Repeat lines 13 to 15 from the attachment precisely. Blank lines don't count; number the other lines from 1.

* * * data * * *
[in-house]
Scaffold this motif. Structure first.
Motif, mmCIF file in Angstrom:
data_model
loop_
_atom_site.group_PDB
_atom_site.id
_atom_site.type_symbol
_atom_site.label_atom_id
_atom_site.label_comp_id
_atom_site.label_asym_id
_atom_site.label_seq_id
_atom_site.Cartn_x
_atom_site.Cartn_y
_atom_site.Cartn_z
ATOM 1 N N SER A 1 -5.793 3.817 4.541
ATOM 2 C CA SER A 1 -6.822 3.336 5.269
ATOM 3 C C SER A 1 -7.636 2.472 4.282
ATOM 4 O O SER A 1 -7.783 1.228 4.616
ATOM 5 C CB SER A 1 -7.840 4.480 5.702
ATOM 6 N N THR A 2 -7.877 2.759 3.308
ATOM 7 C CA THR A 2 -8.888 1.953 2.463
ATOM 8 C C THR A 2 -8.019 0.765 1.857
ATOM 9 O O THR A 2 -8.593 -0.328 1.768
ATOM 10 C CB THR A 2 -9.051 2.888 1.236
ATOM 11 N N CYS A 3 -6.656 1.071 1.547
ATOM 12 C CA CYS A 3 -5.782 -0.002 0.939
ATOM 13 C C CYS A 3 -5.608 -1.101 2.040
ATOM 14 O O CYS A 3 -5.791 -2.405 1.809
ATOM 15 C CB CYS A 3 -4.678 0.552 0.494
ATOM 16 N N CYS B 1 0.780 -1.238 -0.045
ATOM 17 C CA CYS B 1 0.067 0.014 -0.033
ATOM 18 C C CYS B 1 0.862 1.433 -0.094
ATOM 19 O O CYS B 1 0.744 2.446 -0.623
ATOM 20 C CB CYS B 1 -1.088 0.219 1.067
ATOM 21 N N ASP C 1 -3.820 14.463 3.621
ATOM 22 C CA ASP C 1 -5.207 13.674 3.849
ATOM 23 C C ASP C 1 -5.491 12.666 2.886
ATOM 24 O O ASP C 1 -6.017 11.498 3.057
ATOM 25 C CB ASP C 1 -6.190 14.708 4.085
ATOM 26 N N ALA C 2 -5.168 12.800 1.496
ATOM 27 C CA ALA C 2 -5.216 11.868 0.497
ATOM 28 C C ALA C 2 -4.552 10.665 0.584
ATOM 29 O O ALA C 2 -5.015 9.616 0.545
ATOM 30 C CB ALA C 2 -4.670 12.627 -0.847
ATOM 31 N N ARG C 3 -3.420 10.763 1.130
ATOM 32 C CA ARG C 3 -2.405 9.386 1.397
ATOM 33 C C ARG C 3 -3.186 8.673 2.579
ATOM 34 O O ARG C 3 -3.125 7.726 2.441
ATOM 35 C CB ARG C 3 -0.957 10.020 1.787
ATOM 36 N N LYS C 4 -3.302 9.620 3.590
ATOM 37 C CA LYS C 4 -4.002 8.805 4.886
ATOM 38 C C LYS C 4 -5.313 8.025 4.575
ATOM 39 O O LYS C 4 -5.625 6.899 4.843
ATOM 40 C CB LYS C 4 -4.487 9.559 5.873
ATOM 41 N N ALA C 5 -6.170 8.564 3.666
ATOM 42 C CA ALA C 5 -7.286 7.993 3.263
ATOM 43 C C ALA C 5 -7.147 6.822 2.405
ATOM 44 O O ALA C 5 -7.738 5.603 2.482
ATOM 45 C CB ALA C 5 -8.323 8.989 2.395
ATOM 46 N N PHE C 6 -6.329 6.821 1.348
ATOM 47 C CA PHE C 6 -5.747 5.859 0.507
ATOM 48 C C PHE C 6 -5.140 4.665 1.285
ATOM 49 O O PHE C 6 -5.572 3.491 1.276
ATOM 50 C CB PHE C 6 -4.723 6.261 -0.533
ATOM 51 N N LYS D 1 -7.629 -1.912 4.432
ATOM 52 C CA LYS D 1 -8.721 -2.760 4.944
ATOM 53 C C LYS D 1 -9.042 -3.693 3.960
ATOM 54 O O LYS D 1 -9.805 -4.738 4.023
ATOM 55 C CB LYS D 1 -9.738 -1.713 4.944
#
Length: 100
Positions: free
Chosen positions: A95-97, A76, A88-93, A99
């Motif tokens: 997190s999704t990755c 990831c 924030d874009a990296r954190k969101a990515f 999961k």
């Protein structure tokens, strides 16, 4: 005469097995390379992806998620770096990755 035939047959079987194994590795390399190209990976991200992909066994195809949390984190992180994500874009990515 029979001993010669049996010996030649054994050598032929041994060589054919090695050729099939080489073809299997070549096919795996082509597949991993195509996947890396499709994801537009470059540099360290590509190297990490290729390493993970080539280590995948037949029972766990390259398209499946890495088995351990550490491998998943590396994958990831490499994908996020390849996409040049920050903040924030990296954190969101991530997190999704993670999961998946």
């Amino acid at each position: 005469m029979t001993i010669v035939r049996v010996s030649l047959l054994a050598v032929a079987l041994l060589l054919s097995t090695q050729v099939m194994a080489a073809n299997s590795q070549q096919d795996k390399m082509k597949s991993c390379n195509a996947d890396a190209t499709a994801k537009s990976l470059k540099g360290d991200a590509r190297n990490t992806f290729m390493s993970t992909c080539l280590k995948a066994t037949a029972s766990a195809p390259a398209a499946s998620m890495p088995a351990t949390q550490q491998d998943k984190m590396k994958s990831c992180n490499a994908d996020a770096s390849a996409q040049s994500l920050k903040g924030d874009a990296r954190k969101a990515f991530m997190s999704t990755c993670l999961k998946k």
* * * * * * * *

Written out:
_atom_site.Cartn_x
_atom_site.Cartn_y
_atom_site.Cartn_z